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Hit and Run. by ilharrypotter
Chapter 1 : The Day We Met.
Rating: 15+Chapter Reviews: 8

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Disclaimer: I don't Harry Potter, nor do I own the line from the song "Lovedrunk", by Boys Like Girls.

I know Lovedrunk is usually assumed to be a sad song about a breakup, but I love this line and I wanted to use it for a story. One day, years from now, I'll be able to have a sad ending of a story. Maybe.

Oh, and I thought you all would enjoy learning that I'm recently obsessed with Oliver Wood. I really am. His character in the movie [ooh, that accent!] and in the books. He's a tactless prat, and I'm loving him. Hopefully, you will too.

The day we met was like a hit and run.

No, it’s not common for me to be so hung up over one person. It’s not common for me to be so hung up over anything. I don’t get caught up in things. I care about two things: playing Quidditch, and my Quidditch team, which is Puddlemere United. Outside of the realm of the sport I love, nothing really holds my interest. Nothing is capable of holding my interest, really. Classes never did, my magical powers never will, and ladies never have. Maybe that’s a little obsessive, but that’s me. Oliver Wood, the obsessed Quidditch fanatic.

Like I said, it’s not common for me to be hung up over one person. Especially not a woman I met when I was a tactless fifth year student Hogwarts, when she was a bold and obnoxious first year with bucked teeth and bushy hair. Whether or not she’s magically altered those bucked teeth, and no matter how tame her hair usually is when she knots it on the back of her head, she’s not someone that I would really spend any time thinking about. I wouldn’t spend any time thinking about any woman, let alone this particular one. But I tend to surprise myself: even when I think there’s no way I’m incapable of predicting my own feelings, I still end up that way. Just like now.

I’ve been sitting in this soft leather chair in my rather large flat, staring at a dead plant on the glass table across the room, for hours. I’ve really lost count of how many hours I’ve been sitting here. Maybe it’s even been a full day. I have no earthly idea. This is where I think the most- usually about previous and future Quidditch matches and new moves, but today, about this woman who is thoroughly occupying my head. Earlier today, Puddlemere United won the Quidditch World Cup. Shortly thereafter, my opponent, Ginny Weasley, soon to be Potter, a Chaser from Holyhead Harpies, drug me up to the Weasley family’s box, in which the entire family had collected to watch our match. I’m used to being attacked by one of the many Weasleys after a match, when I much prefer Apparating back to my flat, and being forced along to a Weasley celebration. Ginny and Angelina Johnson, who is a fellow teammate of mine as one of Puddlemere United’s Chasers and engaged to be married to a Weasley, are incredibly guilty of it, even though they know how much discomfort it brings me. However, they bring me along anyway each and every time, just as they did today.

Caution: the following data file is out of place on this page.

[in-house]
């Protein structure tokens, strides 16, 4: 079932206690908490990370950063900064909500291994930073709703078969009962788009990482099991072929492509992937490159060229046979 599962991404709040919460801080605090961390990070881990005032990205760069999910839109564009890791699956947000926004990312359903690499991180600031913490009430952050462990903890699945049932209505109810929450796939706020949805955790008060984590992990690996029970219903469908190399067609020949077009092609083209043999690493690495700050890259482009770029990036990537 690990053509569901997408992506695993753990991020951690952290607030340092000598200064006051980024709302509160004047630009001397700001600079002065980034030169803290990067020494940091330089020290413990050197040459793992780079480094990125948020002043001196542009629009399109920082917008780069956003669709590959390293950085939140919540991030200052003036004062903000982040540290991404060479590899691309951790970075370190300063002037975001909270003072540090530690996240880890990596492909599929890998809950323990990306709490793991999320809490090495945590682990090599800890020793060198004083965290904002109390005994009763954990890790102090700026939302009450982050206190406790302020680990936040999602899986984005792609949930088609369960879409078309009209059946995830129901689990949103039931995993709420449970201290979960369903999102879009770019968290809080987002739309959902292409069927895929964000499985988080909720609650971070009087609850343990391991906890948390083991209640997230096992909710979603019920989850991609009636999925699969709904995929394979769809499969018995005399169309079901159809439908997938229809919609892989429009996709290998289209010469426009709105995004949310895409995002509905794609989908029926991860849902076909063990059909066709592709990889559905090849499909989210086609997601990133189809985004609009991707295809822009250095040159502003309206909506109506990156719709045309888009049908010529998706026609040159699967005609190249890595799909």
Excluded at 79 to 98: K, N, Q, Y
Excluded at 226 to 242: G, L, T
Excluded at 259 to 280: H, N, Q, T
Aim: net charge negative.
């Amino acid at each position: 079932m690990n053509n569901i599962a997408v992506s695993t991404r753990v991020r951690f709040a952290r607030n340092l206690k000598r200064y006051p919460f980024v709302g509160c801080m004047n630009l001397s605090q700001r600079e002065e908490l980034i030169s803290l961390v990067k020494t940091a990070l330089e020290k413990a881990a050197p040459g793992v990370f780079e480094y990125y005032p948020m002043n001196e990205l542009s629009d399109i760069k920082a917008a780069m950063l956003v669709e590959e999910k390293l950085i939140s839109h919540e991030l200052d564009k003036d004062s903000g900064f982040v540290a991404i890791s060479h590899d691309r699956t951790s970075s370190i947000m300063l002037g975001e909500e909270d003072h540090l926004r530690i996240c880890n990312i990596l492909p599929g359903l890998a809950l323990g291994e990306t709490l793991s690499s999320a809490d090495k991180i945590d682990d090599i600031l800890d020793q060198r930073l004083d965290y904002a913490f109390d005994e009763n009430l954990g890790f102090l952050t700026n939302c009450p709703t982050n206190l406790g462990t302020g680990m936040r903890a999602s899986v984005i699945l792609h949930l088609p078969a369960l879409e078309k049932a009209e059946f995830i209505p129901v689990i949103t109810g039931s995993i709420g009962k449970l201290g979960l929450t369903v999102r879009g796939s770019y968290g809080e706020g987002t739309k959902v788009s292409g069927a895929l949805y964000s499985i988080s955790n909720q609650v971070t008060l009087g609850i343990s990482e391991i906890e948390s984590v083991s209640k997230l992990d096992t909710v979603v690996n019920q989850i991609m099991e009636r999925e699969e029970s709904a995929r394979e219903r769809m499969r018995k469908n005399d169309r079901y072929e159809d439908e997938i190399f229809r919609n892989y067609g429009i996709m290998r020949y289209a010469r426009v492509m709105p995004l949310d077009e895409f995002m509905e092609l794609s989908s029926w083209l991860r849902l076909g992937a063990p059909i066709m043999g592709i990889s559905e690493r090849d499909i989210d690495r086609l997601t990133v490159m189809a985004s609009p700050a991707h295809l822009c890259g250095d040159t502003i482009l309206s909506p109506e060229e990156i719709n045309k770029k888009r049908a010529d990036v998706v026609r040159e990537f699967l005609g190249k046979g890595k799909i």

Today after the match, however, was different than most. Charlie Weasley had taken leave from the dragon reserve at which he works, and he was with his family in their box. That’s the first major difference. Charlie rarely returns home unless it’s a crisis, a wedding, or a major holiday, and none of the three are occurring anytime soon, as far as I know.

The second major difference is that when I approached Ron Weasley to discuss his team, the Chudley Cannons, Ginny first pulled me aside to mention that I need not bring up Hermione Granger, as the two had finally reached the end of their relationship a week or so prior. It was a shock to me, as I can’t remember a visit to the Weasley box in which Ron didn’t have his arm protectively around the waist of that bookish Granger, who always looked like she wished she was somewhere else.

Then, I changed my mind about my conversation with Ron after hearing what Ginny had to say, and I turned in the direction of Hermione Granger. I don’t talk to Granger much when I visit the Weasley box. A polite hello maybe, possibly a congratulations if my team won the match and a sympathetic handshake if we lost- not that Puddlemere United loses many matches anymore, thanks to my magnificent teammates- but not much more than that. I barely even look at the girl on a regular basis. To me, she’s just the bookish girl I knew when she was first growing into her teenage self, and that’s never been much worth looking at. Of course, I don’t really look at any women- or anyone at all, for that matter. I’m not fond of people; I’m not exactly what you’d call a social creature, you know?